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WHAT WORKS IN EDUCATION The George Lucas Educational Foundation

Open Educational Resources (OER): Resource Roundup

Explore this educator's guide to open educational resources (OER) for information about online repositories, curriculum-sharing websites, sources for lesson plans and activities, and open alternatives to textbooks.
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OER, a part of the global open content movement, are shared teaching, learning, and research resources available under legally recognized open licenses—free for people to reuse, revise, remix, and redistribute. Why are OER important? High-quality OER can save teachers significant time and effort on resource development and advance student learning inside and outside the classroom. Further, open sharing of resources has the potential to fuel collaboration, encourage the improvement of available materials, and aid in the dissemination of best practices. For more about the potential of OER, check out "Five-Minute Film Festival: Why Open Education Matters," by Edutopia's VideoAmy.

Getting Started

Sharing Resources

The nonprofit Creative Commons offers free, easy-to-use copyright licenses that allow you to specify which rights to your works you want to reserve and which rights you'd like to waive. Read more at "About Creative Commons" and "About the Licenses." If you are a state or school leader, you might want to check out "Open Educational Resources and Collaborative Content Development: A Practical Guide for State and School Leaders," a downloadable report from the International Association for K-12 Online Learning.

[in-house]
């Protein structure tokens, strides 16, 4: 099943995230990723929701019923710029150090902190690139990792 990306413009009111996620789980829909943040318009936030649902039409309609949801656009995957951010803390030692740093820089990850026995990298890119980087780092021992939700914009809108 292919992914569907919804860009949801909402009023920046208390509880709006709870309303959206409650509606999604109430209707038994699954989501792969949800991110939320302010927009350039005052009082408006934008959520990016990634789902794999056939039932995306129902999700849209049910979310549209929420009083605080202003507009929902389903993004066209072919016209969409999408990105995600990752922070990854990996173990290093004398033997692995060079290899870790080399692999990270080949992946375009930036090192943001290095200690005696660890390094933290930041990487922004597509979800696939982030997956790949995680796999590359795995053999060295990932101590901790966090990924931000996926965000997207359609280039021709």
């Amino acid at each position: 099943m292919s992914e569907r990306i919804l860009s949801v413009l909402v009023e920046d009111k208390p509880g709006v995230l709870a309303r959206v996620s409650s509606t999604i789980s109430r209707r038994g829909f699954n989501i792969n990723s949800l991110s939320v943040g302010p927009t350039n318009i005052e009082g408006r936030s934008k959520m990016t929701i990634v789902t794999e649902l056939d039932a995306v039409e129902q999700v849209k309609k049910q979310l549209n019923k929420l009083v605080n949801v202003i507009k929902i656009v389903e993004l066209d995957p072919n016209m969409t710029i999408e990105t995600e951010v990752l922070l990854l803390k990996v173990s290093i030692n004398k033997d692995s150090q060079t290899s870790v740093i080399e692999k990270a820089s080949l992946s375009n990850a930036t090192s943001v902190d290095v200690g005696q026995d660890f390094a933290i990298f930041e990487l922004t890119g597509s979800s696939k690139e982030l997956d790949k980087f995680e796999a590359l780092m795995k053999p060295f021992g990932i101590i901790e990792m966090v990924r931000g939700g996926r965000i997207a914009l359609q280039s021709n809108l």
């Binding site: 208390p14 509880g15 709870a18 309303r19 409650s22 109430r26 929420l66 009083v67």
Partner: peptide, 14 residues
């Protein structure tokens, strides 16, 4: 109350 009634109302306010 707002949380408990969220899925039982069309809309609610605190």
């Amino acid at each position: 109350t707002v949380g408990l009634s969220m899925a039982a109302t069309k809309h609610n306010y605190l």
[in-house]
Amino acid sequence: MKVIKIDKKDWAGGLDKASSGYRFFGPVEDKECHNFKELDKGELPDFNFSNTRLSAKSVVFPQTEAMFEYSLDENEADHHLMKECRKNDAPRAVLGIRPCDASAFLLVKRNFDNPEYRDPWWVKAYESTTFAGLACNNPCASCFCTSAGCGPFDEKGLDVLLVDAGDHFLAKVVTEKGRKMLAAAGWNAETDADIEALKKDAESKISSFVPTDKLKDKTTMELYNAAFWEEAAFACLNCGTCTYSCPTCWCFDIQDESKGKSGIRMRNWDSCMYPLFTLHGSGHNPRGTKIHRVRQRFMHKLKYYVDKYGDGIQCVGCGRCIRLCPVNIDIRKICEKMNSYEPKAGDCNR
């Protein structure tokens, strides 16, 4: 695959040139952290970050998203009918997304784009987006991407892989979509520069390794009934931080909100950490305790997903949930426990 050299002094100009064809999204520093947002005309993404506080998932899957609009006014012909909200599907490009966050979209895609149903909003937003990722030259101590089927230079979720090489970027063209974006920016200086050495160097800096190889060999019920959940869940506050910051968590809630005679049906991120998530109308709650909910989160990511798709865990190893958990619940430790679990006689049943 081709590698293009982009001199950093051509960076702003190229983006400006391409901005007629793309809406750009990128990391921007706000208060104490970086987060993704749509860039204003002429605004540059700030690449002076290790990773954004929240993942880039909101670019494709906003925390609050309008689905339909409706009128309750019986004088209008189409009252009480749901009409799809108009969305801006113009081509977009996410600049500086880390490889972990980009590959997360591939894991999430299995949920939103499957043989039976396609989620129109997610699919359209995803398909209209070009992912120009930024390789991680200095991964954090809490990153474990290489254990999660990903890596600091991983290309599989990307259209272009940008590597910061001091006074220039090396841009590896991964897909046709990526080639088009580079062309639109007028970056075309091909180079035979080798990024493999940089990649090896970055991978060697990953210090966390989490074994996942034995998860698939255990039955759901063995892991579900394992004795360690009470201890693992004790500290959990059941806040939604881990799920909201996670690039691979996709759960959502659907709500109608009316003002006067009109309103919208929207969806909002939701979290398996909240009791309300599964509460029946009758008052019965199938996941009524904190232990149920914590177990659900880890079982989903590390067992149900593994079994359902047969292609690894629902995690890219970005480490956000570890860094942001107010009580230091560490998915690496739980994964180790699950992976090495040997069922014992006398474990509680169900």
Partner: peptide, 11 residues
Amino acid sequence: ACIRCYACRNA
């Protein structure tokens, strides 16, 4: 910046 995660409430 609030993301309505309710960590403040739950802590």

Quality Considerations

With all the promise of OER, some challenges remain. One of these is assuring the quality of resources. Achieve's Open Educational Resources includes a set of downloadable rubrics that can help districts, teachers, and other users evaluate OER for quality and determine the level of alignment to the Common Core State Standards (CCSS). Additional rubrics for evaluating OER quality have been collected as part of the Washington OER Project. It's worth noting that many of the larger repositories for OER will include copyright information, and their materials will typically adhere to some established criteria.

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Blogs About Finding OER

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Open Lesson Plans, Courses, and Activities

English Language Arts
Science and the Environment
The Arts
Social Studies
Other Events and Themes

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Open Alternatives to Textbooks

  • 6 Open Educational Resources, by Andrew Marcinek (2013)

    Marcinek presents his six favorite open educational resources, introducing a wide world of curriculum materials as alternatives to textbooks, resources for inspiring your students toward creative exploration and inquiry.

  • Building Your Own Textbook, by Audrey Watters (2011)

    Watters looks at the digital possibilities for customizing and updating texts -- at a fraction of what the hard copy would cost.

  • David Thornburg on Open-Source Textbooks, by Betty Ray (2011)

    Thornburg on how the open-source movement is transforming the textbook industry.

  • California Embraces Open Source Digital Textbooks, by Kara Platoni (2009)

    The most populous state is the first to take on this complicated initiative.

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